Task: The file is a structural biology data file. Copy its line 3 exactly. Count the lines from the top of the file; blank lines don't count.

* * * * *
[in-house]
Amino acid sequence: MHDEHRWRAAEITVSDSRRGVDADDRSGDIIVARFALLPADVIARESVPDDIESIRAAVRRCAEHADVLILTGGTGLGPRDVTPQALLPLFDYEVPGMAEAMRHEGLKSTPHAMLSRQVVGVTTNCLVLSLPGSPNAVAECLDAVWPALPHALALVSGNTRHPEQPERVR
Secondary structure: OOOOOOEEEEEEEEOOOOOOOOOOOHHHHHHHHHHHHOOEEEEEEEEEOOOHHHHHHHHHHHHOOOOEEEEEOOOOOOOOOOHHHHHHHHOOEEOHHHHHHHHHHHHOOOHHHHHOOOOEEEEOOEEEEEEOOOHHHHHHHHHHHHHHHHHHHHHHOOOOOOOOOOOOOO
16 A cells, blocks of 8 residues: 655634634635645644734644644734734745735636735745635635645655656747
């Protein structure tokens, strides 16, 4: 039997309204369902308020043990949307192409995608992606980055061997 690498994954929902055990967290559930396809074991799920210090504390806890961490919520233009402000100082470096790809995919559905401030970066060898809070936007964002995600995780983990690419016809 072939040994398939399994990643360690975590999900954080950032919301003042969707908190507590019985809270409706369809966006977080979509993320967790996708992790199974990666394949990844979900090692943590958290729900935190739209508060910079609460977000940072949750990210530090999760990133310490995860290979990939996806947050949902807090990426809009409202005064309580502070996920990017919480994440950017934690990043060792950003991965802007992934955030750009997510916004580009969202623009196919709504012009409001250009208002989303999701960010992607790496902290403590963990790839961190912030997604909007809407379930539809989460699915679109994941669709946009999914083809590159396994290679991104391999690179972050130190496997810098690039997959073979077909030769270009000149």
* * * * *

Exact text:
Secondary structure: OOOOOOEEEEEEEEOOOOOOOOOOOHHHHHHHHHHHHOOEEEEEEEEEOOOHHHHHHHHHHHHOOOOEEEEEOOOOOOOOOOHHHHHHHHOOEEOHHHHHHHHHHHHOOOHHHHHOOOOEEEEOOEEEEEEOOOHHHHHHHHHHHHHHHHHHHHHHOOOOOOOOOOOOOO